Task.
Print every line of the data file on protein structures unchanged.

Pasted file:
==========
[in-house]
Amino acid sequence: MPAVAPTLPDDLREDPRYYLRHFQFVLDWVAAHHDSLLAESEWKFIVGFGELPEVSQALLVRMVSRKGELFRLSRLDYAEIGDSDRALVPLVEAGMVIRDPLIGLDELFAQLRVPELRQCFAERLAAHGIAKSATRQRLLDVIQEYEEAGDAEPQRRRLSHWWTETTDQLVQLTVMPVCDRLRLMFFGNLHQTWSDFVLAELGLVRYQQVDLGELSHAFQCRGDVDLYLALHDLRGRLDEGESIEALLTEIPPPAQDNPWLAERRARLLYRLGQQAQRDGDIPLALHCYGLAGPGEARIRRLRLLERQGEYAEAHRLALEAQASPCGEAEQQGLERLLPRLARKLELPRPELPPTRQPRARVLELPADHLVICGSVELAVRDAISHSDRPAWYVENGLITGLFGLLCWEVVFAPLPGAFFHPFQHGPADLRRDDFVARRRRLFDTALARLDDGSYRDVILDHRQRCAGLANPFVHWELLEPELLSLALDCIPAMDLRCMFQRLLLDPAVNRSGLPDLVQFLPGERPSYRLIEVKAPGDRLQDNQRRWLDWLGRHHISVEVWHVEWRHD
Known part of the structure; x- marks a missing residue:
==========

[in-house]
Amino acid sequence: MPAVAPTLPDDLREDPRYYLRHFQFVLDWVAAHHDSLLAESEWKFIVGFGELPEVSQALLVRMVSRKGELFRLSRLDYAEIGDSDRALVPLVEAGMVIRDPLIGLDELFAQLRVPELRQCFAERLAAHGIAKSATRQRLLDVIQEYEEAGDAEPQRRRLSHWWTETTDQLVQLTVMPVCDRLRLMFFGNLHQTWSDFVLAELGLVRYQQVDLGELSHAFQCRGDVDLYLALHDLRGRLDEGESIEALLTEIPPPAQDNPWLAERRARLLYRLGQQAQRDGDIPLALHCYGLAGPGEARIRRLRLLERQGEYAEAHRLALEAQASPCGEAEQQGLERLLPRLARKLELPRPELPPTRQPRARVLELPADHLVICGSVELAVRDAISHSDRPAWYVENGLITGLFGLLCWEVVFAPLPGAFFHPFQHGPADLRRDDFVARRRRLFDTALARLDDGSYRDVILDHRQRCAGLANPFVHWELLEPELLSLALDCIPAMDLRCMFQRLLLDPAVNRSGLPDLVQFLPGERPSYRLIEVKAPGDRLQDNQRRWLDWLGRHHISVEVWHVEWRHD
Known part of the structure; x- marks a missing residue: